For this, you will need:
- Steel Rule
- Brace and Bit (the size of the required round rod diameter) or a 1-inch coin
- Sash Clamp
- Bench Plane
- Spokeshave (flat-bottomed)
- Card Scraper
- Abrasive Paper (150 grit)
1. Once you have cut your wood to a square section, you can use a coin to draw around on the ends.
An alternative method would be to use an appropriately sized brace bit to score the surface and mark the circumference. To do this, use a steel rule to make a mark from each corner to corner to find the centre position, use a square awl to create a lead in for the bit.
2. Use the steel rule to mark the corners at roughly 45° on the end section, follow these lines down the side.
3. Use a long clamp to hold your wood in the vise horizontally. You can either use a plane with a heavy cut to remove the four corners or use a spokeshave. Take full length shavings as evenly as possible along the entire length.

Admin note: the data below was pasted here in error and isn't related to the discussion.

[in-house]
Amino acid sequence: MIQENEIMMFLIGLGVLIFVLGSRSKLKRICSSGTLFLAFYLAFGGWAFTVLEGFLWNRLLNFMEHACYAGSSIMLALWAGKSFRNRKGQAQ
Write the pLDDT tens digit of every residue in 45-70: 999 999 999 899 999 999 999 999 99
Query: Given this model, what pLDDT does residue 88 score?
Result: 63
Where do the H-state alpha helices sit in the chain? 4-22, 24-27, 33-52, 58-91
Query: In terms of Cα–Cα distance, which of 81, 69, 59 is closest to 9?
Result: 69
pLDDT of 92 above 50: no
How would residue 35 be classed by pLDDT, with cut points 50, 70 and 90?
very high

4. Once all four corners have been removed your cross section will be an octagon, keep turning your wood in the vise and remove all the smaller corners.
5. Once you have taken off the corners and you’ve nearly reached a round surface, switch between a card scraper and abrasive paper to smooth the shape.
Thanks team. This refreshed and old mans memory and I have a use for it on a project I’m working on. I’ve used this before for a round tenon on a cane but didn’t think about using it to make a dowel.
Creating an octagon can be challenging. A nice way of creating marks to see how much material had to be removed is the use of a spar gauge. This is particularly useful when you are working on a tapered stock which has to be made round, for instance the may of a sailing vessel. You can find various examples online.